# Homework Help: How can I solve this matrix?

1. Apr 30, 2012

### Hernaner28

Hi. I want to reduce this matrix so then I can see what happens for each value of a (indeterminate, incompatible, etc) but I don't know how.

$$\displaystyle\left( {\begin{array}{*{20}{c}} a&1&1 \\ 1&a&1 \\ 1&1&a \end{array}} \right)$$

Thanks!

2. Apr 30, 2012

### HallsofIvy

Do you not know anything about "row- reduction"? If you don't show any attempt at all, we won't know where you need help.

3. Apr 30, 2012

### Hernaner28

Yes, look, I've have this system:

$$\displaystyle\left( {\begin{array}{*{20}{c}} a&1&1 \\ 1&a&1 \\ 1&1&a \end{array}\left| {\begin{array}{*{20}{c}} 1 \\ 1 \\ 1 \end{array}} \right.} \right)$$

And I wanna reduce it to see what happens when I change a by a number. But I've tried to reduce it and I couldn't. Where can I start?
Thanks

4. Apr 30, 2012

### HallsofIvy

You say you've tried to reduce it. Great! What have you tried? What have you done?

5. Apr 30, 2012

### Hernaner28

$$\displaystyle\left( {\begin{array}{*{20}{c}} {a - 1}&0&1 \\ 0&{a - 1}&{1 - a} \\ 1&1&a \end{array}\left| {\begin{array}{*{20}{c}} 0 \\ 0 \\ 1 \end{array}} \right.} \right)$$

6. Apr 30, 2012

### HallsofIvy

You appear to have subtracted the third row from the first and second rows. Okay, why? What was your objective?

7. Apr 30, 2012

### Hernaner28

PLease I need help. It's obvious that my objective is to reduce the matrix to see what happens if for example a=2 ... if it is compatible or not. What else do you want me to tell you? How old I am?

8. Apr 30, 2012

### sharks

HallsofIvy already told you to convert the matrix to row echelon form, in other words, use Gaussian elimination.
That's the wrong way to ask anyone for help. Learn some manners and we might respect you enough to help you.

You have to be patient if you want to understand mathematics and learn how to fix your mistakes or misunderstandings. We have a great group of people on this forum who offer to help for free, but we are not here to do your work for you (that would be easier for us, actually). Instead, we do more than that -- we help you to understand, so with our guidance, you can solve your problems on your own, as you would have to do in the test/exam.

Last edited: Apr 30, 2012
9. Apr 30, 2012

### Hernaner28

But I've already tried Gauss elimination! Oh my god. But I just don't realise how to make a diagonal matrix, I am saying this since the first post. It seems you are pulling my leg asking me "what have you tried?" "Oh great! Tell us, what's your objetive?" Sorry but Let's leave it here, thank you anyway.

10. Apr 30, 2012

### sharks

Your Gaussian elimination is obviously wrong.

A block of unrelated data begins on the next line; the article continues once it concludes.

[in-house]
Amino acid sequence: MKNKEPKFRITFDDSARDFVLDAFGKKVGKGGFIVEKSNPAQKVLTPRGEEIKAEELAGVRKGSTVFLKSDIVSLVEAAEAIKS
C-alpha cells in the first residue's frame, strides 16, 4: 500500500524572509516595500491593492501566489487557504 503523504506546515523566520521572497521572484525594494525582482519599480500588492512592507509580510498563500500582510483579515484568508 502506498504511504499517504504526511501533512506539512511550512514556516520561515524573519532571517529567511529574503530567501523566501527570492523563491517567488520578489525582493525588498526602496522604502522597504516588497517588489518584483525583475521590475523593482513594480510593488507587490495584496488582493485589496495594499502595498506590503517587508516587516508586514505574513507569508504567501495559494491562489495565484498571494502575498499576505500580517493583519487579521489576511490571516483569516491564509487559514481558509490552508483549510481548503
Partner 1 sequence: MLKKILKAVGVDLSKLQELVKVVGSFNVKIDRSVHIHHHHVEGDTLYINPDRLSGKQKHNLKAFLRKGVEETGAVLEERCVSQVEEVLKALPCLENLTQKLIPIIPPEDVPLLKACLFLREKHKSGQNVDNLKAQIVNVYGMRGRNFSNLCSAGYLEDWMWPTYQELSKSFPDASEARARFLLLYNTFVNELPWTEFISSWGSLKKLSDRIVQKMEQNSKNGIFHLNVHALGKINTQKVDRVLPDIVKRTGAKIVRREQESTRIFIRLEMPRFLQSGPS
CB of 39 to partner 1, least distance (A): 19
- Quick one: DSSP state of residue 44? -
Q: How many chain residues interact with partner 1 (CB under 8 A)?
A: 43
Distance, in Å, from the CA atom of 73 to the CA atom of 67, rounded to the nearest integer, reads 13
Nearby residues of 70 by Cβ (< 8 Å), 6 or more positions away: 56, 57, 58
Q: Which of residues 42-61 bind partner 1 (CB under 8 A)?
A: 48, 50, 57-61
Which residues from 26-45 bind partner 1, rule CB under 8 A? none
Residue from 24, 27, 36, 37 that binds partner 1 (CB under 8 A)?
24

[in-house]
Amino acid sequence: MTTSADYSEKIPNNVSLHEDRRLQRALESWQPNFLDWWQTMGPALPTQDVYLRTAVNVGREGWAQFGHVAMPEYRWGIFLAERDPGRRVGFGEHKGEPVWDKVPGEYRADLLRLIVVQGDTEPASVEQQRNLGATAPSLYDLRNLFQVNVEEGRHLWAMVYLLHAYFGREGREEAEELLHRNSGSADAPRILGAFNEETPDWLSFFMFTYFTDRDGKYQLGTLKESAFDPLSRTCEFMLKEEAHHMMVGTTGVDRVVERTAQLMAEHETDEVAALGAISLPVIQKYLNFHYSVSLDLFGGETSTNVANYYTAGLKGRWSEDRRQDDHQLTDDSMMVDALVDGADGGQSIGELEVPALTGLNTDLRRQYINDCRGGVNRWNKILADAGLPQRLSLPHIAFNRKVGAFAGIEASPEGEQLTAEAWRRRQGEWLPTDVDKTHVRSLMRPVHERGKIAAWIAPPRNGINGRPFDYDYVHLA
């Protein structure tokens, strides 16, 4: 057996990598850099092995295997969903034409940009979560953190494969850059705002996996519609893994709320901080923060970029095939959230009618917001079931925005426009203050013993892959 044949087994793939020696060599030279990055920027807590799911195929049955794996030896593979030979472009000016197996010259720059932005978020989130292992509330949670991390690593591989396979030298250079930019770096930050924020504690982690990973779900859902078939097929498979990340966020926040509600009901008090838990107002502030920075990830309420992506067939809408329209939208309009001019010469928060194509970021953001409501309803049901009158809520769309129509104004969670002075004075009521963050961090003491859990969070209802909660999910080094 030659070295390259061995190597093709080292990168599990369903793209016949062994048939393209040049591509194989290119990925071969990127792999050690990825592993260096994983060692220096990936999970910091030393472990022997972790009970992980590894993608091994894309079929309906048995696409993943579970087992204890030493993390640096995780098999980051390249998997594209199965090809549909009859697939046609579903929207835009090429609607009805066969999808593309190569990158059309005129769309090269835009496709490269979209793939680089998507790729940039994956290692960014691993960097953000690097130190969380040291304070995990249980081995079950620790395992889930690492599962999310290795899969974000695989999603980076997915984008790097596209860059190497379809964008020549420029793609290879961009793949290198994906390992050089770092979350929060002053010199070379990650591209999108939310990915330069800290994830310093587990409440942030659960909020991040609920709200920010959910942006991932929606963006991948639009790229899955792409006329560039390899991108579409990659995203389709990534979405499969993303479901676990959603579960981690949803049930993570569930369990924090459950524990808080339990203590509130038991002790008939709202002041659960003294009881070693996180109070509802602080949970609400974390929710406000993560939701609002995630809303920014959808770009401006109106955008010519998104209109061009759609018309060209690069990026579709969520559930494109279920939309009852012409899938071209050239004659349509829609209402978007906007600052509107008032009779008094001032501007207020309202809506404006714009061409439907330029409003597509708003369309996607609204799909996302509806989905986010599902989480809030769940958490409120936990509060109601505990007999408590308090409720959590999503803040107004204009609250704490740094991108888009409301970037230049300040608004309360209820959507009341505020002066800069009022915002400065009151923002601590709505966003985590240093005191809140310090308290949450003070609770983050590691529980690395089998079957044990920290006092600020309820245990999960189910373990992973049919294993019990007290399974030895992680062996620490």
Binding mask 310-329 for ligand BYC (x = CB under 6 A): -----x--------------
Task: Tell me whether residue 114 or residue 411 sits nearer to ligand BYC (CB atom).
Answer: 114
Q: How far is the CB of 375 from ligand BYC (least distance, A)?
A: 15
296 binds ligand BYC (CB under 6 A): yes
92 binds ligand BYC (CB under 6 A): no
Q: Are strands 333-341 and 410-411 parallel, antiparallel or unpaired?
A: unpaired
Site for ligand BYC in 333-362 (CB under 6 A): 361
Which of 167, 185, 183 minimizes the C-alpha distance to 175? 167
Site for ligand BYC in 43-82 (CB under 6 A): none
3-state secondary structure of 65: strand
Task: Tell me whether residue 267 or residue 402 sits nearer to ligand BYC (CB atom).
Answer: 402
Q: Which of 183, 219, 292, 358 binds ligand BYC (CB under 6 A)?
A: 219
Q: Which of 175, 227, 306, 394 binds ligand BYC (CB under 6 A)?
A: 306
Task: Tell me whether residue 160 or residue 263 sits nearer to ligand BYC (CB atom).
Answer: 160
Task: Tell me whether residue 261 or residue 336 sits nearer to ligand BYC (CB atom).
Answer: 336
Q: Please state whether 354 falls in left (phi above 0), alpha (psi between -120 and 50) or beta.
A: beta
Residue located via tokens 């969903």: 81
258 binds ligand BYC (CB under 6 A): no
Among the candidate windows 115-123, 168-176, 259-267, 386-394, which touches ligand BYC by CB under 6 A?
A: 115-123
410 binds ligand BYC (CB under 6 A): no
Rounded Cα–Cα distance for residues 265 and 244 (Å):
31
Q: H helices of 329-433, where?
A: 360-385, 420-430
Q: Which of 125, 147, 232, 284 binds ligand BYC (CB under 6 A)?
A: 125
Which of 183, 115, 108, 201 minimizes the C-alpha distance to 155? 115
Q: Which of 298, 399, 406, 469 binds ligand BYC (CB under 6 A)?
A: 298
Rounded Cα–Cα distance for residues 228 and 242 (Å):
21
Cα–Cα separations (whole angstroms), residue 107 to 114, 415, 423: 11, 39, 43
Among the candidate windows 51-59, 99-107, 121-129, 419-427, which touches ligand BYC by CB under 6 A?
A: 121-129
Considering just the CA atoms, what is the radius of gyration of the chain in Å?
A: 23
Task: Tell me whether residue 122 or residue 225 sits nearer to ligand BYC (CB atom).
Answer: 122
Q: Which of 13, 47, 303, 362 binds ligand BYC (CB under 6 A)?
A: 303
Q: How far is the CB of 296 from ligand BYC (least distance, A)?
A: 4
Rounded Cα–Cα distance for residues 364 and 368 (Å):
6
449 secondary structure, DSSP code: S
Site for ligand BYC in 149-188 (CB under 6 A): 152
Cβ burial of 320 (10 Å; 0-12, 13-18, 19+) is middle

11. Apr 30, 2012

### Hernaner28

when I have parameters in the diagonal it's difficult for me to reduce it. Can you show me how it would be?

Thanks

Last edited: Apr 30, 2012
12. Apr 30, 2012

### sharks

The variable $a$ might throw you off at first, but you just have to stick to the same principles when converting to row echelon form. Work it out step by step.

$$\displaystyle\left[ {\begin{array}{*{20}{c}} a&1&1 \\ 1&a&1 \\ 1&1&a \end{array}\left| {\begin{array}{*{20}{c}} 1 \\ 1 \\ 1 \end{array}} \right.} \right]$$
The first step is to get zero under the matrix element $a$ in the first column.

After the first step, the augmented matrix becomes:
$$\displaystyle\left[ {\begin{array}{*{20}{c}} a&1&1 \\ 0&\left(\frac{a^2-1}{a}\right)&\left(\frac{a-1}{a}\right) \\ 0&\left(\frac{a-1}{a}\right)&\left(\frac{a^2-1}{a}\right) \end{array}\left| {\begin{array}{*{20}{c}} 1 \\ \left(\frac{a-1}{a}\right) \\ \left(\frac{a-1}{a}\right) \end{array}} \right.} \right]$$
Work it out and check if you get the matrix above for the first step. Then, the second step is to get 0 under the matrix element $\left(\frac{a^2-1}{a}\right)$ in the second column.
If you don't get the matrix above, then you will obviously not be able to proceed, so you need to go over your notes and review the method of doing Gaussian elimination again.

Last edited: Apr 30, 2012
13. Apr 30, 2012

### Hernaner28

Aham.. I see, so you had to divide the first row by a? So a cannot be zero. That's what I wanted to avoid, to divide a row by the parameter. But there's no other way, is it?
Thanks!!

14. Apr 30, 2012

### Ray Vickson

What you really want to do is to solve the following system for $x_1, x_2, x_3:$
$$\begin{array}{rcl} a x_1 + x_2 + x_3 &=& r_1\\ x_1 + a x_2 + x_3 &=& r_2\\ x_1 + x_2 + a x_3 &=& r_3 \end{array}$$
where $r_1, r_2, r_3$ are some arbitrary parameters which we regard as "given".
Does the system have a unique solution? No solution? Infinitely many solutions?

I don't understand what is preventing you from getting started. For instance, you can start by using the first equation to solve for x_3 in terms of x_1 and x_2; then when you substitute that expression into the other two equations you will have two equations in the two unknowns x_1 and x_2. For some values of 'a' you might be stuck at that point and be unable to proceed further. However, for almost any value of 'a' you will be able to do one more step, say solving the second equation for x_2 in terms of x_1. Then, substituting that expression into your expression for x_3 and both of these into the remaining equation, you will have a single equation in x_1. For some values of 'a' and for some right-hand-sides this will incompatible (i.e., of the form 0*x_1 = r, where r ≠ 0); for most values of 'a' you will get a solution.

So, just go ahead and do the work.

RGV